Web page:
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‘The Greatest Beer Run Ever’ Review: Peter Farrelly and Zac Efron Take on Vietnam

The "Green Book" filmmaker's latest is another broad historical dramedy that should delight moviegoers — and maybe Academy voters.

zac efron in "The Greatest Beer Run Ever"

“The Greatest Beer Run Ever”

AppleTV+

Editor’s note: This review was originally published at the 2022 Toronto International Film Festival. AppleTV+ releases the film in select theaters and on its streaming platform on Friday, September 30.

Chickie Donahue (Zac Efron) is already deep in his self-appointed wartime mission when someone finally calls it what it really is: “the dumbest thing I ever heard.” By then, the part-time merchant marine and full-time screw-up is already in the middle of Vietnam and its war. The next step is embracing the idiocy of what’s he done while coming out of the whole damn thing alive.

Peter Farrelly’s “The Greatest Beer Run Ever” is his first film since he won Best Picture for “Green Book,” a film embraced by audiences and maligned by critics. This one hits many of the same beats as that divisive feature, though with a lighter touch that strives more boldly to marry his comedic sensibilities and the reality of a painful history.

Like “Green Book,” “The Greatest Beer Run Ever” is a broad historical outing based on real people and real events, condensed down into an essence that can only be billed as “crowd-pleasing.” The trick this time: Farrelly seems far more aware of how he’s playing fast and loose with history to offer a zippy feature to a fractured world. Dare we say it: It works far better.

The ace up his sleeve is a never-better Efron. As one character tells Chickie late in the film, his heart is solid gold, but it’s his brain people need to worry about. Like many Americans in the late ’60s, Chickie doesn’t know exactly why America is at war, but he sure as hell knows he supports it and his many friends who have been carted off to Vietnam to, uhh, maybe fight the Commies or something? Meanwhile, his close-knit Inwood community keeps losing good boys — all of them “dying heroes” — and his sister Christine (Ruby Ashbourne Serkis) is protesting the war around the neighborhood.

Down at Chickie’s local joint, a cozy pub owned and operated by The Colonel (an unrecognizable Bill Murray), he and his pals hit upon a wild idea: Wouldn’t it be great to show our boys we support them by showing up in Vietnam and giving them an ice-cold American beer as thanks?  No one actually expects anyone to do it, except Chickie. After his own friends and family express their disbelief that knucklehead Chickie (of all people!) would execute any scheme that required a modicum of forethought, the New York native can’t take it anymore.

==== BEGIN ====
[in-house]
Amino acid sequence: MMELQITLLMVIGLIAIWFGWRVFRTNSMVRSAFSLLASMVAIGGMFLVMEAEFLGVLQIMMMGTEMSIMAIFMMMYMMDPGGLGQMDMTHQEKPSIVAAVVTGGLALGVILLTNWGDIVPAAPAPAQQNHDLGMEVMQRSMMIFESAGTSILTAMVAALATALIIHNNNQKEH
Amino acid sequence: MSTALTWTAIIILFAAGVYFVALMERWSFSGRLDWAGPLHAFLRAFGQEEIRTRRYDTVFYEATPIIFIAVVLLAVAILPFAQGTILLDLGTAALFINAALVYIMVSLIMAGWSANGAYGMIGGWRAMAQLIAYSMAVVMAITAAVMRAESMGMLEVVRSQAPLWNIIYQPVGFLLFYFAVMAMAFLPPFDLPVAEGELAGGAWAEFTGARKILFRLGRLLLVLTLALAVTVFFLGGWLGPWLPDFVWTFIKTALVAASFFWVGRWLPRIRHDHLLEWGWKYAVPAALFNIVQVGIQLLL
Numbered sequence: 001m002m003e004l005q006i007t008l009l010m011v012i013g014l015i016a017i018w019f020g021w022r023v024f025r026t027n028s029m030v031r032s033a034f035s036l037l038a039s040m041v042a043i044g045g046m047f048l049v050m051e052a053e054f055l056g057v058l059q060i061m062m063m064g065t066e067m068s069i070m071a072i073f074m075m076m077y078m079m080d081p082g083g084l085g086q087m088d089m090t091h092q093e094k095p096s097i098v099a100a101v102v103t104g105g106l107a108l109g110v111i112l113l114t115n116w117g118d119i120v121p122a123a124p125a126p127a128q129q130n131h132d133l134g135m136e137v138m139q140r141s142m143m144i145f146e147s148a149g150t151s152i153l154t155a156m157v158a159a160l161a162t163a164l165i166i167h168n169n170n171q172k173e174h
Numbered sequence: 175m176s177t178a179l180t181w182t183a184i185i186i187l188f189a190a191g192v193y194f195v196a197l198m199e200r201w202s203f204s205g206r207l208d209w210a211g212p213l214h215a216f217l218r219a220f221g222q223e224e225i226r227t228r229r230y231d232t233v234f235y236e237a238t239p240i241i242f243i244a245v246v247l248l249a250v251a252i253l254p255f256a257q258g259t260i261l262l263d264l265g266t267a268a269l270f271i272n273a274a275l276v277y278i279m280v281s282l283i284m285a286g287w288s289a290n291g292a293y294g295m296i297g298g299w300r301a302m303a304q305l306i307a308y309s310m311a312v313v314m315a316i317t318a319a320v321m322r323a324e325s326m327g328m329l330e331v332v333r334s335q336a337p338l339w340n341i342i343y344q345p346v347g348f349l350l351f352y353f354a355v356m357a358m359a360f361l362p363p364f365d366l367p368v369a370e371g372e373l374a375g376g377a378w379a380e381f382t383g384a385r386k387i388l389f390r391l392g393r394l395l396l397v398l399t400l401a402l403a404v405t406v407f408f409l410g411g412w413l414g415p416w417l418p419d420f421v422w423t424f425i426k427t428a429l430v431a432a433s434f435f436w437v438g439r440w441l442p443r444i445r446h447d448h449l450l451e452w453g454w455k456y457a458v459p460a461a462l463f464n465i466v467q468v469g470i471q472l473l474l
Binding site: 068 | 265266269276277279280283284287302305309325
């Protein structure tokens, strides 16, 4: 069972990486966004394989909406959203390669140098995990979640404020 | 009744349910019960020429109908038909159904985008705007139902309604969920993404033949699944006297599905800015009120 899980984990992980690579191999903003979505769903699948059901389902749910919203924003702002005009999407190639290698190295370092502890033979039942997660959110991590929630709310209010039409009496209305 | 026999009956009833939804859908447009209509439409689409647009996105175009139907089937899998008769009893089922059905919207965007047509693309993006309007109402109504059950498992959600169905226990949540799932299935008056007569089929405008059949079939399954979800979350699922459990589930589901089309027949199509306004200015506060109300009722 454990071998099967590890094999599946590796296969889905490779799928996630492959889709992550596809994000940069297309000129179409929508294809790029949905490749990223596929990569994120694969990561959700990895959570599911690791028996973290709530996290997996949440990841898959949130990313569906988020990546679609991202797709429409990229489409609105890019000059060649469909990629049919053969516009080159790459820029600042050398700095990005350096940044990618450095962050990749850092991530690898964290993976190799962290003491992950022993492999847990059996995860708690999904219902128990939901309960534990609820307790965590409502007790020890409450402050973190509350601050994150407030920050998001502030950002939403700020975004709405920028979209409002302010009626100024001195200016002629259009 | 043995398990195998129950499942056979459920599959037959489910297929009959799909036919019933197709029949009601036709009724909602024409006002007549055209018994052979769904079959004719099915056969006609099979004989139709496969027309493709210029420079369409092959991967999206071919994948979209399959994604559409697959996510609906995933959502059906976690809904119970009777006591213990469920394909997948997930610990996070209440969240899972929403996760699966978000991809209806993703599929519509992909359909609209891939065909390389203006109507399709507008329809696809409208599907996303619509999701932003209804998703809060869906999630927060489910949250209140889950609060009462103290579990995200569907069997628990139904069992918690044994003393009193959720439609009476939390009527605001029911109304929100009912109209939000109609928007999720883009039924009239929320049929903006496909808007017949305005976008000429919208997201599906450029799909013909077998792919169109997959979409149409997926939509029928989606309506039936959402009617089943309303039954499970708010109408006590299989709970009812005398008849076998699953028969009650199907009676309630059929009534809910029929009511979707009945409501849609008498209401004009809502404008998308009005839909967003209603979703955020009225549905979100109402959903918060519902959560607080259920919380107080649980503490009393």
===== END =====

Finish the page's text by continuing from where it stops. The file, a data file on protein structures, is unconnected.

As he declares to the local dudes at the bar, he “could, would, and will” take on this insane mission. Well, as Hemingway so sagely put it, always do sober what you said you’d do drunk. Such is the theme of “The Greatest Beer Run Ever,” which speaks to its kicky title and Farrelly’s comedic bent before easing Chickie into hell and letting him sort it out for himself.

Zac Efron, The Greatest Beer Run Ever

“The Greatest Beer Run Ever”

AppleTV+

“The Greatest Beer Run Ever” is not a gritty war picture; it’s glossy and entertaining and often fun. Farrelly struggled to unpack racism in “Green Book,” but this time he’s got a story that requires both blind faith and nutty optimism. With a number of twinkly-eyed moments that hinge on crazy fate and “Forrest Gump” coincidence to spare, Chickie sets off for Vietnam. Farrelly, Brian Hayes Currie, and Pete Jones’ script condenses much of the real Donahue’s insane quest, cutting down a four-month “beer run” to four days, but the choice keeps things moving and obscuring hard truths with fast-paced movie magic.

Efron moves subtly from wide-eyed to shell-shocked as he meets local cop “Oklahoma” (a heartbreaking Kevin K. Tran); Lt. Habershaw, the military lackey who is convinced Chickie is CIA (a very funny Matt Cook); and a grizzled war reporter (who could only be played by Russell Crowe). Chickie bobs and weaves around the country, hopscotching across frontlines and cozy barracks, slowly realizing that he knows nothing about this war or about real life. An ice-cold PBR sounds nice, but all he’s doing is delivering lukewarm cheap beer to people doing the real work.

The journey leaves Efron’s Chickie filthy, exhausted, and fearing for his life, but “The Greatest Beer Run Ever” never relinquishes its glossy exterior. For some viewers, that distance between straight-up entertainment and the Tet Offensive may be a bridge too far. No one tries to call Chickie a hero, least of all Chickie, and while his mission might have been noble-ish (let’s call it noble-adjacent, but definitely reckless and unnecessary), it’s just a different way of looking at the war. When Chickie returns home — not a spoiler, how the hell else would this story be revealed? — he’s got nothing but bad news to deliver.

So did the beer help? Enough to make a shiny biopic and remind everyone that war is hell and no one should forget it. There’s not enough beer in the world for that.

Grade: B

“The Greatest Beer Run Ever” premiered at the 2022 Toronto International Film Festival. AppleTV+ will release the film in select theaters and on its streaming platform on Friday, September 30.

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